What is in this article?:
- Senate version of farm bill would benefit tobacco growers
- Investigation is continuing
• North Carolina Senator Kay Hagan led a bipartisan coalition of Southeast legislators in defeating an amendment that would have significantly harmed roughly 2,000 tobacco farmers in the region.
THE SENATE VERSION of the farm bill would significantly benefit small acreage tobacco growers.
Tobacco growers across the Southeast would get a significant reduction in risk if the U.S. Senate version of the farm bill is signed into law, according to North Carolina Senator Kay Hagan.
Senator Hagan secured major victories for North Carolina farmers in the 2013 farm bill, which passed the Senate with a strong bipartisan vote of 66 to 27.
Hagan led a bipartisan coalition of Southeast legislators in defeating an amendment that would have significantly harmed roughly 2,000 tobacco farmers in the region.
“Today the Senate came together — Democrats and Republicans — to give farmers in North Carolina and across the country the certainty they need to keep our agriculture economy growing,” Hagan says.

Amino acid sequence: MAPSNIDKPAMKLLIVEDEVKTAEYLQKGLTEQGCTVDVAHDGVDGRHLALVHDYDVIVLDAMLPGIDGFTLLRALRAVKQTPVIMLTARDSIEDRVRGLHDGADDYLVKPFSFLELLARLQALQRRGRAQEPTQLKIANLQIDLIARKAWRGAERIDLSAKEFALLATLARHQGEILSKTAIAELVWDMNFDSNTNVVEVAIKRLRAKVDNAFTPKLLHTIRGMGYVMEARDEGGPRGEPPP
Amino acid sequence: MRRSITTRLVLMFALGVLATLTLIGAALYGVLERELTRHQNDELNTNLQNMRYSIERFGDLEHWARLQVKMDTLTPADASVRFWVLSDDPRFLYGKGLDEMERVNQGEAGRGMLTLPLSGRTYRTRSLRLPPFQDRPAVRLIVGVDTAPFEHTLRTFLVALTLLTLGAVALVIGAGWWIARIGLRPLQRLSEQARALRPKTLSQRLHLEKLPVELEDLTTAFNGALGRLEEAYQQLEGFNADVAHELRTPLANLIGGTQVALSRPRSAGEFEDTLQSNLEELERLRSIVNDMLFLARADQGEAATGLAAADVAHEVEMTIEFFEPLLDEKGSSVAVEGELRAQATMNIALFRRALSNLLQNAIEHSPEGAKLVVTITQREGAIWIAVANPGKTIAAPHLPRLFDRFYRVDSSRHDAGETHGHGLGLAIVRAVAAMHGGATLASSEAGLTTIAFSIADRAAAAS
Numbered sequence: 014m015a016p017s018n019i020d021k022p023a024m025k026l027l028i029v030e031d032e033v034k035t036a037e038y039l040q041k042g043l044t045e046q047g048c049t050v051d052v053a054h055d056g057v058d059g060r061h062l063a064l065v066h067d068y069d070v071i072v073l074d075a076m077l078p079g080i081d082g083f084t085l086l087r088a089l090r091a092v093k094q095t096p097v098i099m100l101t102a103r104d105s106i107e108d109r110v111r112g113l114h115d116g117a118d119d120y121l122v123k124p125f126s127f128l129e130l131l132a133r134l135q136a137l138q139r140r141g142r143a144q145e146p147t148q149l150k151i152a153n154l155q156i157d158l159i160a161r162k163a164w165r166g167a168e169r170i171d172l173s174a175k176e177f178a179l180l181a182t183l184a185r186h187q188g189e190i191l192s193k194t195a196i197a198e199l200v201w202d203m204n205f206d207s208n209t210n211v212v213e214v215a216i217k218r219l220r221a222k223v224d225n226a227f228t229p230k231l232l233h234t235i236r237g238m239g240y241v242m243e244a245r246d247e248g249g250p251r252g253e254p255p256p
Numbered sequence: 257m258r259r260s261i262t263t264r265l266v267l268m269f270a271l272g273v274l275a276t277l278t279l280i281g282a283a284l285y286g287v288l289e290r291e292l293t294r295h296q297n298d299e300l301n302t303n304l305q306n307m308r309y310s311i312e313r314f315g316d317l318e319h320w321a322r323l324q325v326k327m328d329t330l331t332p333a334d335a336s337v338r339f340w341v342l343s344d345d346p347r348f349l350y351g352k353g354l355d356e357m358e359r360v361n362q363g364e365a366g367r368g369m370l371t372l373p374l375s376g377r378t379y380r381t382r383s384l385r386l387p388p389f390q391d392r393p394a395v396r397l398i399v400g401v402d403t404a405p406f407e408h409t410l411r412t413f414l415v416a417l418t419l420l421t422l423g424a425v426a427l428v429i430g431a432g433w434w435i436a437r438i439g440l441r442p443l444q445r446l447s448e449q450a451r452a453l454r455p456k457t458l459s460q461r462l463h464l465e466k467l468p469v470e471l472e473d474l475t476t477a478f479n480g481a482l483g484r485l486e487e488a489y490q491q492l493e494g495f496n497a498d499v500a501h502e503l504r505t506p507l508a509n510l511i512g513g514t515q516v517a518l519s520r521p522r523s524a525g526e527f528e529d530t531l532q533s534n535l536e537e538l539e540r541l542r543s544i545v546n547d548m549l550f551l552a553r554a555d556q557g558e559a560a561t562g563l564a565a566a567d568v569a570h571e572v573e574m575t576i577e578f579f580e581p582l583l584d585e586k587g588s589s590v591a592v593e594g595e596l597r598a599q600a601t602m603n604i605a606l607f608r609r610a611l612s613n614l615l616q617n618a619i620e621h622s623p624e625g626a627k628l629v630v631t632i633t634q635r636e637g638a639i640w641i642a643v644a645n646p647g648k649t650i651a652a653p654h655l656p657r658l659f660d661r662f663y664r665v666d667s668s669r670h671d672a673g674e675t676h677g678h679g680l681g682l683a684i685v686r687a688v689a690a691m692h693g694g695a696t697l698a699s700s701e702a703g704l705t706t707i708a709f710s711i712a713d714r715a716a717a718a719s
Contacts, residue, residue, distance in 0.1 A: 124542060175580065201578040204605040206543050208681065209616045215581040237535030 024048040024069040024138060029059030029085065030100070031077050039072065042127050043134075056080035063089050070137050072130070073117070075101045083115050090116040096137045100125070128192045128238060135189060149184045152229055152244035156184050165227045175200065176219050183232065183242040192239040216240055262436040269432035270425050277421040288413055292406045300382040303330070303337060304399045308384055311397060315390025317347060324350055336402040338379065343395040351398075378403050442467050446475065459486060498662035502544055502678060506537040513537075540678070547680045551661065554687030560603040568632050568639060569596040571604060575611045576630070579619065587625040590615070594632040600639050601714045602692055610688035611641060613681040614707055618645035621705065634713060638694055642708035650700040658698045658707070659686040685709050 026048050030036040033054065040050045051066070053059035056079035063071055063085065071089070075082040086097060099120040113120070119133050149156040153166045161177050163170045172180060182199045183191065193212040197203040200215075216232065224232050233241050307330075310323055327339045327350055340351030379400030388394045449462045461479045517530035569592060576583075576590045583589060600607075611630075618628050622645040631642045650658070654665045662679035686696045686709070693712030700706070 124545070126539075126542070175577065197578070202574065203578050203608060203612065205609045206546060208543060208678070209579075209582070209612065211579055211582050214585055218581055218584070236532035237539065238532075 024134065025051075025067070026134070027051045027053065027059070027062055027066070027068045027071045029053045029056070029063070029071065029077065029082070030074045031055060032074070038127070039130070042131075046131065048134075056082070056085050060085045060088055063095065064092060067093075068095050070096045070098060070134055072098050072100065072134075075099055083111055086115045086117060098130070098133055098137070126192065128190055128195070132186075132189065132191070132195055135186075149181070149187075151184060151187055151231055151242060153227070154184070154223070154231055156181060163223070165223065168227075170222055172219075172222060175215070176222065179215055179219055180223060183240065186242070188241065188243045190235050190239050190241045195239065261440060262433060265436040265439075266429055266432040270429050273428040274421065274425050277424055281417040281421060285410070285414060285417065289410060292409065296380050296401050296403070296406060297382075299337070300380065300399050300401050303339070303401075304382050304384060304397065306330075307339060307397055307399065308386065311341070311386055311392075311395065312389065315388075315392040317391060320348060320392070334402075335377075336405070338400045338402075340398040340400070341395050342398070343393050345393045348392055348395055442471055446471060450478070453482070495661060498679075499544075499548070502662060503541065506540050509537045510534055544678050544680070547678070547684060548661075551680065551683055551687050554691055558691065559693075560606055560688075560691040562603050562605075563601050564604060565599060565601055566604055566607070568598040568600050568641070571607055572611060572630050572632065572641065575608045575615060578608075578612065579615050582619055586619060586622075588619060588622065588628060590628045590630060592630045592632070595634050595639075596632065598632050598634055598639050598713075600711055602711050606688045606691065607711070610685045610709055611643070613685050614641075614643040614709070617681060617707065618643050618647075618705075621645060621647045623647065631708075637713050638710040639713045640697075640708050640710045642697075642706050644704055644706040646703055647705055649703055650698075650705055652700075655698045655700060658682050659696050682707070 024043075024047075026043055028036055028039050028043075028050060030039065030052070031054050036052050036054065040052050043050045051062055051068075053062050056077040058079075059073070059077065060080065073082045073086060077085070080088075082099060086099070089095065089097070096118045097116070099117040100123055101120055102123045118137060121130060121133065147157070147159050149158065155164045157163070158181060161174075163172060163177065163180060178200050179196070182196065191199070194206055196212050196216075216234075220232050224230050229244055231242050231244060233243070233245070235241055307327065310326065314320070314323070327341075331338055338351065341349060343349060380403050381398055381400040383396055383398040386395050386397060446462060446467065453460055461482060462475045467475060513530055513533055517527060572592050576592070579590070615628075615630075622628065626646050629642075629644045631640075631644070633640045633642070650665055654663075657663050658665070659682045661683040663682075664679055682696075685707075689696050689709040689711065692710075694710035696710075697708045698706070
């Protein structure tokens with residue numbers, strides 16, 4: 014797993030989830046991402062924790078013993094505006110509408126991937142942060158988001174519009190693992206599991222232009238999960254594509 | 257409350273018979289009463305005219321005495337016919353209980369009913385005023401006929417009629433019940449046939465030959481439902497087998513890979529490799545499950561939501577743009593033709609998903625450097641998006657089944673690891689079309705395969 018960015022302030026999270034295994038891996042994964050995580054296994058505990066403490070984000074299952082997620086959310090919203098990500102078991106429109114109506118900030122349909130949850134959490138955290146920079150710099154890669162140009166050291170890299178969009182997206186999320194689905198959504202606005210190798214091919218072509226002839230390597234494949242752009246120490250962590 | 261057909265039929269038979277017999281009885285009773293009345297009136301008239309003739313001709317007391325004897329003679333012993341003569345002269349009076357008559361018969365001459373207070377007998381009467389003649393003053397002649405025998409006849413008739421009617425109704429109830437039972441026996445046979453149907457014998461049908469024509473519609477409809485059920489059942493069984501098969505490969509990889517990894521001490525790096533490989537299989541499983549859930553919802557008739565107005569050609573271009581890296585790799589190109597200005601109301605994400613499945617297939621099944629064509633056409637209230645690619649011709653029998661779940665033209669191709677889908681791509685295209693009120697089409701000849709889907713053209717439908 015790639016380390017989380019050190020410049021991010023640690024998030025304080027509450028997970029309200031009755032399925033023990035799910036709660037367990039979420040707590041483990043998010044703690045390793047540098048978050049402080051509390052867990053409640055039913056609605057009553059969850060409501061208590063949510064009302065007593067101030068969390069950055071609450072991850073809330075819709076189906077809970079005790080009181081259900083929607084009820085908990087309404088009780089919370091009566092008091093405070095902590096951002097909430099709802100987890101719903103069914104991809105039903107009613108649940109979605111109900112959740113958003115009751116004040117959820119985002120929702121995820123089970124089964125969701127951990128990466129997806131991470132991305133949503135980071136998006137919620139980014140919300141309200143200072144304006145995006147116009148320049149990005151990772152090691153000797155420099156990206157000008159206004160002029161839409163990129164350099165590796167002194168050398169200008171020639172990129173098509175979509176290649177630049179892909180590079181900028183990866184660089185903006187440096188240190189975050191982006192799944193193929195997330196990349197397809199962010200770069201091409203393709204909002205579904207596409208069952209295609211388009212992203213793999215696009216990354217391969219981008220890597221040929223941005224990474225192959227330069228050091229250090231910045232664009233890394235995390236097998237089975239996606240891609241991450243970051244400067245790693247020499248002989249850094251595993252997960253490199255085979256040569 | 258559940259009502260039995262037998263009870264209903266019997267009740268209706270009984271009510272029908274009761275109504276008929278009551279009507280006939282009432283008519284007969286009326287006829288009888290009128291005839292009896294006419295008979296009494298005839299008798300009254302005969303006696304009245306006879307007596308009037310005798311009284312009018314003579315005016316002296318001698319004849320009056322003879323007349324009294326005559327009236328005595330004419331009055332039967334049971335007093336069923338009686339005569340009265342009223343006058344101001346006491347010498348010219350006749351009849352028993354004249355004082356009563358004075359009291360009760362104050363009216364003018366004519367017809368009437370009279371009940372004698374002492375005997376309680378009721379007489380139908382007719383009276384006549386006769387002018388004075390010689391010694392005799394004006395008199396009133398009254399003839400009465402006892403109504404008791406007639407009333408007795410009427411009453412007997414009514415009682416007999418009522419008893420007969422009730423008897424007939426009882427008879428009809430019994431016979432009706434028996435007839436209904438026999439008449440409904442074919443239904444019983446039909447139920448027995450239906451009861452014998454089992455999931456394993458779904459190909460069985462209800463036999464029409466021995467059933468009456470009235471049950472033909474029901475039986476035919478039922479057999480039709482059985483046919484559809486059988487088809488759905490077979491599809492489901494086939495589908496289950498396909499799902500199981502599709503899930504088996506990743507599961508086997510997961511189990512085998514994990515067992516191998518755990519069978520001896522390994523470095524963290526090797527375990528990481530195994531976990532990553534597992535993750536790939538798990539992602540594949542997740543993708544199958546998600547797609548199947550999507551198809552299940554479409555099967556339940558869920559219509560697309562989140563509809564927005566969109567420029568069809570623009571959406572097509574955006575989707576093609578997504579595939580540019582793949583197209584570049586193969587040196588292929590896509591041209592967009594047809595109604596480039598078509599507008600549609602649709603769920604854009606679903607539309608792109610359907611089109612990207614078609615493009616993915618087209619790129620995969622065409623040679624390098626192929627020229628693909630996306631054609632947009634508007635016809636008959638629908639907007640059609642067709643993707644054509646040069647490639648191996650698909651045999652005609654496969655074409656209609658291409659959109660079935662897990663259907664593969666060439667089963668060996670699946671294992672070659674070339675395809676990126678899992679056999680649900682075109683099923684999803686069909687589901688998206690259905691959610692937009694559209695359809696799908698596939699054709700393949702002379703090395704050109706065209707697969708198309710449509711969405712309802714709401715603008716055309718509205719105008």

“Agriculture is a bedrock industry in our state, employing hundreds of thousands of North Carolinians, and my first priority has been ensuring this bill works for our farmers so they can plan for the future and continue to create jobs,” she adds.
The Senate also unanimously approved Hagan’s amendment to strengthen crop insurance fraud prevention and preserve the federal program for honest hardworking farmers.
Passage of the farm bill by the Senate, especially the support for tobacco growers, comes as something of a surprise, based on recent sentencing of a number of North Carolina businessmen for crop insurance fraud.
Many of the dozens of defendants sentenced so far have received years in federal prison, agreeing to pay a total of $42 million in restitution and more than $900,000 in fines. That's still less than half what federal prosecutors say taxpayers have been bilked.